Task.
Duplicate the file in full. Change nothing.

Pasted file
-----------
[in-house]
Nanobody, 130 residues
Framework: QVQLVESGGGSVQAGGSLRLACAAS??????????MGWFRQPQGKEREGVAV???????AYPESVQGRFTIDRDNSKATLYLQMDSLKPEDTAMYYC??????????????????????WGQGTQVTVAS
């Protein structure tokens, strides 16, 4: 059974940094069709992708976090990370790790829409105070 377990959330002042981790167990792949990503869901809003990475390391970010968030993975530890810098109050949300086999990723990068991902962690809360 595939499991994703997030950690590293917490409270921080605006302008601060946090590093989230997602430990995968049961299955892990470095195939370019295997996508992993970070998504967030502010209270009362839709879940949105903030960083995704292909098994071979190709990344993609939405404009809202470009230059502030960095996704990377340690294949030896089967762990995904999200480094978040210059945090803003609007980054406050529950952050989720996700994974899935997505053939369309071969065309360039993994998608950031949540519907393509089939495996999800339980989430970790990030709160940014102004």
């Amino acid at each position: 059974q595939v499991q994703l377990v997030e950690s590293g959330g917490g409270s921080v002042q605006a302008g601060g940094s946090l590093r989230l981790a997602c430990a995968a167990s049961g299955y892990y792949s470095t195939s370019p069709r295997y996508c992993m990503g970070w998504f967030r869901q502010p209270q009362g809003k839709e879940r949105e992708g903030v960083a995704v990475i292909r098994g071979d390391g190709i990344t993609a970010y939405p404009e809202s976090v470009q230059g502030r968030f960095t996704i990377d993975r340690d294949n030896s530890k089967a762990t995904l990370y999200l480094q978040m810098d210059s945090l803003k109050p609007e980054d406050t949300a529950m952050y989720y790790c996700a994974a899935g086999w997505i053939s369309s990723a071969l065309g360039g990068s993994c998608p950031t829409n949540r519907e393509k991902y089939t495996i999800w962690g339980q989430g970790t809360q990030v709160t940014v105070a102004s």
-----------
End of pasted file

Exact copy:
[in-house]
Nanobody, 130 residues
Framework: QVQLVESGGGSVQAGGSLRLACAAS??????????MGWFRQPQGKEREGVAV???????AYPESVQGRFTIDRDNSKATLYLQMDSLKPEDTAMYYC??????????????????????WGQGTQVTVAS
């Protein structure tokens, strides 16, 4: 059974940094069709992708976090990370790790829409105070 377990959330002042981790167990792949990503869901809003990475390391970010968030993975530890810098109050949300086999990723990068991902962690809360 595939499991994703997030950690590293917490409270921080605006302008601060946090590093989230997602430990995968049961299955892990470095195939370019295997996508992993970070998504967030502010209270009362839709879940949105903030960083995704292909098994071979190709990344993609939405404009809202470009230059502030960095996704990377340690294949030896089967762990995904999200480094978040210059945090803003609007980054406050529950952050989720996700994974899935997505053939369309071969065309360039993994998608950031949540519907393509089939495996999800339980989430970790990030709160940014102004």
């Amino acid at each position: 059974q595939v499991q994703l377990v997030e950690s590293g959330g917490g409270s921080v002042q605006a302008g601060g940094s946090l590093r989230l981790a997602c430990a995968a167990s049961g299955y892990y792949s470095t195939s370019p069709r295997y996508c992993m990503g970070w998504f967030r869901q502010p209270q009362g809003k839709e879940r949105e992708g903030v960083a995704v990475i292909r098994g071979d390391g190709i990344t993609a970010y939405p404009e809202s976090v470009q230059g502030r968030f960095t996704i990377d993975r340690d294949n030896s530890k089967a762990t995904l990370y999200l480094q978040m810098d210059s945090l803003k109050p609007e980054d406050t949300a529950m952050y989720y790790c996700a994974a899935g086999w997505i053939s369309s990723a071969l065309g360039g990068s993994c998608p950031t829409n949540r519907e393509k991902y089939t495996i999800w962690g339980q989430g970790t809360q990030v709160t940014v105070a102004s």